Ariel Sommer - synch2it Music Supervision
Ariel Sommer - Music Supervisor

Music in Fim Blog

A Tribute To John Williams


Music and how it is used in film is a craft rarely understood, and often taken for granted. Film is the product of a collaborative process that features the artistic interplay between image and music, full of potential but fraught with difficulties. John Williams’, whose music over the decades has been the most recognisable, diverse and loved, collected the 44th AFI Life Achievement award in a star studded event featuring, among others, Harrison Ford, Tom Hanks, JJ Abrahams, George Lucas and Steven Spielberg. The best tribute to John Williams is best left to listening to his body of work but here are a few personal reflections on his genius. 

With over 121 film scores and 5 Oscars to his name, Williams’s gift for conceiving a melody is undeniable and the fact that we cannot imagine films like E.T, Jaws, Indiana Jones and Star Wars without his score is testament to his talents. E.T’s Flying Theme is one of William’s countless examples of melodies that have remained engrained in our consciousness, and, like the film, loved by young and old alike. In the film’s most iconic sequence, Williams’ music captures the variety of emotions that takes us from melancholy to joy as the bicycles soars into the sky.  Williams tried to structure his music to hit every key moment in the scene. He spoke about the challenge for the music to fit the visual cues and after numerous attempts, Spielberg suggested to Williams to stop looking at the film and “conduct the orchestra the way you would want to conduct in a concert”. And in so doing, Spielberg took the rarely taken path of re-editing that sequence to fit William’s score.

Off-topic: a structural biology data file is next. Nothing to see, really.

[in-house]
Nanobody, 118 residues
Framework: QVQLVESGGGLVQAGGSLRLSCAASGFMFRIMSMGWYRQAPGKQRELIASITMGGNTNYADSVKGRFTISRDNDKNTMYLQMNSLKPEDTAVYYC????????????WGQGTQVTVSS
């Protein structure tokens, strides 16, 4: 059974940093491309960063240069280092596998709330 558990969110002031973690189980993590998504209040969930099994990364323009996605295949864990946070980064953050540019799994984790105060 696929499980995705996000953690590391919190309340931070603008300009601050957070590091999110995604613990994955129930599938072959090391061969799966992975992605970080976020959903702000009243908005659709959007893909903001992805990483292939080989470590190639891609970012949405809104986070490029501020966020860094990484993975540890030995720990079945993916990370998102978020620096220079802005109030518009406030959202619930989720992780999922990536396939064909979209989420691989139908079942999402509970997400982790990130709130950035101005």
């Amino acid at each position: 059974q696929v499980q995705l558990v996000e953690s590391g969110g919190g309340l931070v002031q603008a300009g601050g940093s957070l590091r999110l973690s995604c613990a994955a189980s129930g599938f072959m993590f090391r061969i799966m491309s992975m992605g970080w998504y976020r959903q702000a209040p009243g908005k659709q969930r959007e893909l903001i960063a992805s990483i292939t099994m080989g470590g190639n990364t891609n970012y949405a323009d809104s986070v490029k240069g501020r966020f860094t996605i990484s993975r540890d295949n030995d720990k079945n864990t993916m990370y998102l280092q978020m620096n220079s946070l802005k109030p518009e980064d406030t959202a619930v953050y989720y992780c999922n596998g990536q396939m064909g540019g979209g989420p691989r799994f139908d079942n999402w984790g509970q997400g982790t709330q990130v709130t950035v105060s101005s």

For Star Wars, George Lucas wanted a grand symphonic score that sounded like an unashamed throwback to swashbuckling classics that Lucas grew up with. We are spoilt with such memorable melodies such as the brass led opening, the Imperial march, or the horn’s gentle floating theme for Princess Leia. One can hear the heavy influence of Wagner’s use of leitmotifs to paint musical signatures for Lucas’s characters. Another example is the score to Indiana Jones and the themes for its various characters including Indiana and Marion. Have a listen to Harrison Ford’s humorous and insightful tribute in the AFI tribute film (link below).

The most enduring and successful creative partnership in cinema features John Williams and Steven Spielberg. Music to Schindler’s List was his 3rd Oscar triumph on a Spielberg film and was his toughest challenge due, in part, to the difficulty of the subject matter. Williams feared he could not deliver and told Spielberg that he needed to find a better composer. Spielberg responded “I know, but they are all dead!”.

For anyone like me who loves film music and the process of marrying music to film, this wonderfully heart-warming, entertaining and insightful tribute film to John Williams is a must see. John Williams’ unique composition gift is best summarised by Spielberg:

Without your music, we do not wonder, we do not weep, we do not believe. You breath belief into every film we have ever made.